Do you believe in ghosts, those specter entities that allegedly roam the other world around us? Well now you get the chance to control one of them, our main protagonist Ronan O’Connor, a veteran cop who was trying to redeem his dark past and as he attempts to solve the mystery of his own murder.
Welcome to Salem, your friendly ghostly town, where Ronan has to roam its streets looking for clues that will help him to solve the biggest case of them all: His.
The story in Murdered: Soul Suspect is strongly influenced by the famous movie Ghost. Our hero gets unjustly murdered and his soul gets stuck in limbo which prevents him from crossing to the other world unless he justifies his purpose and solve the case of the Bell Murderer. The game is a story-driven one with a lot of plot twists and reveals that unfold as you gather clues scattered all around Salem.
Though the settings in Murdered are interesting, the graphics unfortunately fail to impress. The game runs smoothly with a couple of minor glitches–nothing frustrating–and Salem’s streets are beautifully sketched with the few locations you will visit being detailed enough to invoke melancholy. I understand that in such games graphics may not have been the studio’s prime emphasis; I was still looking forward to an advanced graphical experience from a next-gen game.
Murdered: Soul Suspect has you play in a unique manner where you don’t go through streets gun blazing and throwing grenades–which works fine with your ghostly properties–instead, you have the unique ability to go through walls, haunt people, read their minds and manipulate them if you must, all in order to gather enough information to solve a riddle or proceed through an obstacle. You will have to scan corners, reveal hidden clues and collect enough evidence so that you may solve the mystery at hand in a process of elimination that has you choose one of the clues you picked up to answer a question. Each question drives the story forward and should you answer incorrectly, the game doesn’t punish you; it simply starts the process over.
As Ronan, you will encounter a lot of NPCs during the quest, none of them being remarkable save for an ally that you will encounter early on. That ally is a psychic medium called Cassandra who can see and hear Ronan and she will help him to uncover a mind shocking truth about the incidents of the murders.
Salem may be loaded with humans and ghosts alike, but most of them are bland with nothing to offer. You will come across ghosts whom you can choose to help in return for trophies/achievements, and evil spirits you’re better off avoiding or destroying. When it comes to encountering an evil spirit, you have to use stealth and hide inside someone’s spectral remains, a ghost-like apparition of that someone, until the evil spirit turns its back. At that point, you can sneak up on the spirit and perform an execution on it. Should you fail–executions are QTE’s–you have to quickly lose the spirit or else it will be a game over screen for you.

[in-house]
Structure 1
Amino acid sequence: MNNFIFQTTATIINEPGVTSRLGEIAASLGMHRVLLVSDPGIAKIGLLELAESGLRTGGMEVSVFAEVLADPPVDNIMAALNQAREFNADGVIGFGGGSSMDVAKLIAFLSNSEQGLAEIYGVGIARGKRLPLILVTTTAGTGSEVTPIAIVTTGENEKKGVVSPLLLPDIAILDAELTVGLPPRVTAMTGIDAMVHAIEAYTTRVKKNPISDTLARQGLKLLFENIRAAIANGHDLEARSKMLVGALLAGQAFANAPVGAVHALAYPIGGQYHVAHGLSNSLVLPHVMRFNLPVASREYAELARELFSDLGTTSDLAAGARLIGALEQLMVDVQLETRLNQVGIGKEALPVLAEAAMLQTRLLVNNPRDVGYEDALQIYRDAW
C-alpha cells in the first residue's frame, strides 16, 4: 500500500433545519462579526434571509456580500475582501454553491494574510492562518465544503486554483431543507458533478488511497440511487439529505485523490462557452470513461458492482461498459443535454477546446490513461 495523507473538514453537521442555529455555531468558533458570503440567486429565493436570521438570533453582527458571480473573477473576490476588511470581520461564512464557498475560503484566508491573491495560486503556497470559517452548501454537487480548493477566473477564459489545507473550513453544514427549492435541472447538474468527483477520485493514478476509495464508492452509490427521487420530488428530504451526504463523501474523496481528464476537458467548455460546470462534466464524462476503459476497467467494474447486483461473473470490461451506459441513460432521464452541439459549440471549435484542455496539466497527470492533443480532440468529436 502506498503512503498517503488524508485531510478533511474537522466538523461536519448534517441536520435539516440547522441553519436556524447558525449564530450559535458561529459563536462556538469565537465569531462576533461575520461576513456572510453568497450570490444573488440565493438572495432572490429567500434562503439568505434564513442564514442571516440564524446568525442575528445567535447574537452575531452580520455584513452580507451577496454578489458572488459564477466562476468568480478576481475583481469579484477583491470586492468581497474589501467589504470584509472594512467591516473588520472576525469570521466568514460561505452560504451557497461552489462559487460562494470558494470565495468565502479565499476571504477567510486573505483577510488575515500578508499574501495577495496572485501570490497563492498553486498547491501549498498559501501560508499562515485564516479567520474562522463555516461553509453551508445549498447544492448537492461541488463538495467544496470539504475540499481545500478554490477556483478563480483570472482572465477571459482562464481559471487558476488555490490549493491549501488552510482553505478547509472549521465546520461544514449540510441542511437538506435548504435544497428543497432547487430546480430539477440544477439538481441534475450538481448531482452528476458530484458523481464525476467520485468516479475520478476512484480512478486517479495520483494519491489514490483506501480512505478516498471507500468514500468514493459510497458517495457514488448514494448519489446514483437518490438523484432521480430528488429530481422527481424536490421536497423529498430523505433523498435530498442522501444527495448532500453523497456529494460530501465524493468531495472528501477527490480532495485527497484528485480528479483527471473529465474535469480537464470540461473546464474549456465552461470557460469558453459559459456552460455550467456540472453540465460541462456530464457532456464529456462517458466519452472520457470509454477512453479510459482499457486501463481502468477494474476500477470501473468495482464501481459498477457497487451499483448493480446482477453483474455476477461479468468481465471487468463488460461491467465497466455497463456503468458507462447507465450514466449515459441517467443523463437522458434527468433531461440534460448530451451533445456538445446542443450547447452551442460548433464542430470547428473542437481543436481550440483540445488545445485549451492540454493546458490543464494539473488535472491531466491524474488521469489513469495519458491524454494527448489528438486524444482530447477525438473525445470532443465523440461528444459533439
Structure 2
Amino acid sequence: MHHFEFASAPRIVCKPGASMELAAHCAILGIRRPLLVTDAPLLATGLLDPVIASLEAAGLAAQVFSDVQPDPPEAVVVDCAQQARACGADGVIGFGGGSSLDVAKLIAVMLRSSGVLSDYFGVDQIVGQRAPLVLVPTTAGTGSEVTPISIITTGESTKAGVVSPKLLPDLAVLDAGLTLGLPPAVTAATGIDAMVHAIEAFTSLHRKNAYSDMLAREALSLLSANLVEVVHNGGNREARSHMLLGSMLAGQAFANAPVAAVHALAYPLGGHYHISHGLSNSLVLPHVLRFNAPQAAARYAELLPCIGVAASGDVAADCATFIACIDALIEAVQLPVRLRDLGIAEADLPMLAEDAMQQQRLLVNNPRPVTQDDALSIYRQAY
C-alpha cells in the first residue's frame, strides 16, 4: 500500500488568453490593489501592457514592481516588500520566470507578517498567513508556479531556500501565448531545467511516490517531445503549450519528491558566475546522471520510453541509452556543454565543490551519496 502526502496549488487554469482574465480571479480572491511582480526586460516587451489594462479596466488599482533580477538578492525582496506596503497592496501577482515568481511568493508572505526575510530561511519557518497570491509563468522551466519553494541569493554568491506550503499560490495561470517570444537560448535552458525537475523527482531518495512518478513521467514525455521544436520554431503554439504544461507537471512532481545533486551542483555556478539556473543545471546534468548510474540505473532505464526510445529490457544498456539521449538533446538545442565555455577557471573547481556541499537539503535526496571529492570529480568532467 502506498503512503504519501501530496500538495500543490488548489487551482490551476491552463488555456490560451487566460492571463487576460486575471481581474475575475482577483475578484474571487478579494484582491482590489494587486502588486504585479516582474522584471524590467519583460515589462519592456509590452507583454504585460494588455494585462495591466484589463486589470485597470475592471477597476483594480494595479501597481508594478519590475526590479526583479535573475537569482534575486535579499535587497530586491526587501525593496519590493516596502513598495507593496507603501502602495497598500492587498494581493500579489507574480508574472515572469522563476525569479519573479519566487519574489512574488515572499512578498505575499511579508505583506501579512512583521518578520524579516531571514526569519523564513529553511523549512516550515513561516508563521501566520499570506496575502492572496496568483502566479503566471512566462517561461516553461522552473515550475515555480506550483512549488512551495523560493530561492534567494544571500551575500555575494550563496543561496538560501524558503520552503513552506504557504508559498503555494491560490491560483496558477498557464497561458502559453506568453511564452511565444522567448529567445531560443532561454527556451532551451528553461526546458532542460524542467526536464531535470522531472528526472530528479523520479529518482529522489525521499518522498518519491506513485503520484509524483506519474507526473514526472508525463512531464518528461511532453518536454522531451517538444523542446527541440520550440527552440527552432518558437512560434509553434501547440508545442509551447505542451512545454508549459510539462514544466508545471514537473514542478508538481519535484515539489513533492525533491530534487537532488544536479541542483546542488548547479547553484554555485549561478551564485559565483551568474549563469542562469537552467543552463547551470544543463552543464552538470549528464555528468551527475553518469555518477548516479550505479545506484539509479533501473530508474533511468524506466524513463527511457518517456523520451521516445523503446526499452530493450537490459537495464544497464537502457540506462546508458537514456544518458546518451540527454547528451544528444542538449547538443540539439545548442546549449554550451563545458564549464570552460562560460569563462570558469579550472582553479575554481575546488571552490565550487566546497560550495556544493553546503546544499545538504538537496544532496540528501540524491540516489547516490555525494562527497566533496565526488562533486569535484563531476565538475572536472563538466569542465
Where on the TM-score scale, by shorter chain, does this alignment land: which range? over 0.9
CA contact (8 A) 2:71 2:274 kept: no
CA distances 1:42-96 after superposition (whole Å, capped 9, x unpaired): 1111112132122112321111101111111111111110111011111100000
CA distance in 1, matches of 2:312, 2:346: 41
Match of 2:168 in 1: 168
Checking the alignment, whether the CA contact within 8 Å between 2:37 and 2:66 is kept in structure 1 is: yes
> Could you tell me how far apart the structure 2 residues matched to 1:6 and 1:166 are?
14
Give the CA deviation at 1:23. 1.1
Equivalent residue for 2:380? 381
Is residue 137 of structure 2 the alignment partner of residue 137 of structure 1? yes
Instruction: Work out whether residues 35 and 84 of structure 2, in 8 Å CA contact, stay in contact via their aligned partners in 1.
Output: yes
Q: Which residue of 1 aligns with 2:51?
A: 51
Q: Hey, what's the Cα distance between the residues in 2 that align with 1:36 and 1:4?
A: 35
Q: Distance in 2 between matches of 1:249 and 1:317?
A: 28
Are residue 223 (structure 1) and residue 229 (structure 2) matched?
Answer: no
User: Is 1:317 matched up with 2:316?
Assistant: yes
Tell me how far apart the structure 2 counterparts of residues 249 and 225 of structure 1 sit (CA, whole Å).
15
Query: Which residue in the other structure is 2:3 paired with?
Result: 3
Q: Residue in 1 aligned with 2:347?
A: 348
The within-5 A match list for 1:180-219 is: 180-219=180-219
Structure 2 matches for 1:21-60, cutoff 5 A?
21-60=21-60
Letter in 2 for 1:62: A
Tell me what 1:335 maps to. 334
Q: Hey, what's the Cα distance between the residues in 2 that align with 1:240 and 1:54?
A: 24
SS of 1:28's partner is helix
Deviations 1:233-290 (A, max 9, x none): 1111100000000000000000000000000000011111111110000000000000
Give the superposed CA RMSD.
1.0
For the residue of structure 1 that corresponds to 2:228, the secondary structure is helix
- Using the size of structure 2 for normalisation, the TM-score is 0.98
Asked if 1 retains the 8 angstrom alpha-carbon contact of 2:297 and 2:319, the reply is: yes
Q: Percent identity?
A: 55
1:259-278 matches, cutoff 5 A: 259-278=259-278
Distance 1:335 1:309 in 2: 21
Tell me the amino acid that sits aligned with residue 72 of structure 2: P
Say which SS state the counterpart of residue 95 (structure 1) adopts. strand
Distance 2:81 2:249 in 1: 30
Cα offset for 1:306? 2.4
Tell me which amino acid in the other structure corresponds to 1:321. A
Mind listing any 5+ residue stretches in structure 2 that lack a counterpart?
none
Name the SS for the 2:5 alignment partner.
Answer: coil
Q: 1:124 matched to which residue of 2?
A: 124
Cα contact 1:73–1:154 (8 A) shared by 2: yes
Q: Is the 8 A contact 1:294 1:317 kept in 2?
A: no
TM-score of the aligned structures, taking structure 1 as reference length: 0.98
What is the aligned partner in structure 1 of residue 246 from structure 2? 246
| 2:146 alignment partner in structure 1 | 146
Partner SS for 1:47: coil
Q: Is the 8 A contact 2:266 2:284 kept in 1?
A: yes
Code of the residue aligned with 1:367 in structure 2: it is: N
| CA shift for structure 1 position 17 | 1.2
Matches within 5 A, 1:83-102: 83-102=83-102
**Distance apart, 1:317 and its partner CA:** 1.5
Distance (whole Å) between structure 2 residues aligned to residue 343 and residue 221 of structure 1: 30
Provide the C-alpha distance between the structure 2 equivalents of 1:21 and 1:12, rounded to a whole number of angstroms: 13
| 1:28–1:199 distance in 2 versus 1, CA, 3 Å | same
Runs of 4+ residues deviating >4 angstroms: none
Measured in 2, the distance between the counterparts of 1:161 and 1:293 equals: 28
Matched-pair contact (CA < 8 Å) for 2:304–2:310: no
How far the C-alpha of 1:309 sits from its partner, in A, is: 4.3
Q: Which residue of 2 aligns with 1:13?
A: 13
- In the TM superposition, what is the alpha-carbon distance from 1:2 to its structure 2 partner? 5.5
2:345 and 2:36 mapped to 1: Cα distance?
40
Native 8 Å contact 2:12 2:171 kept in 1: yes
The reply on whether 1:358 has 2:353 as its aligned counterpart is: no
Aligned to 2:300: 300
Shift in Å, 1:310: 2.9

Some tactical elements are added as an additional dimension such as ghostly crows that you can use to lure the evil spirits away, or cats you can possess to reach otherwise inaccessible areas.
The main story takes about 10 hours to complete, and the added side quests will have you roaming Salem’s street searching and scanning for vital clues for another handful of hours. As with most all story-driven games, once you complete Murdered, you will find little reason to revisit it.
All that said, my only gripe with the game is that while the engine gives you a unique method of approaching a case, with tons of options under your disposal, it sketches one-dimensional gameplay method that forces you to complete a task or go through an area in a set manner. Being limited to a pre-determined method when you possess a lot of powers is, needless to say, frustrating. Even going through walls is limited to some walls, and the justification that is offered is hardly convincing.
Regardless of such inane flaws, Murdered: Soul Suspect puts you in a unique and beautiful ride from beginning to end. The game is presented beautifully through a flow of ghostly sentences that appear during main investigation scenes, informing you of your objective and what you should be doing. The game also offers a lot of back-story that you can unravel should you choose to divert from the stoic main story-line. Perfectionists will have tons of collectibles waiting for them to grab, and will find it easy to attain a perfect trophy/achievement count from the first play through.
Murdered: Soul Suspect may not be a conventional game, and I am sure it won’t appeal to many gamers out there, but it has its own beauty that if successfully lures you in, will give you a great gaming experience.
Murdered: Soul Suspect is available for the PS4 (reviewed), Xbox One, Xbox 360, PC, and was made available to us via a review copy from Square Enix.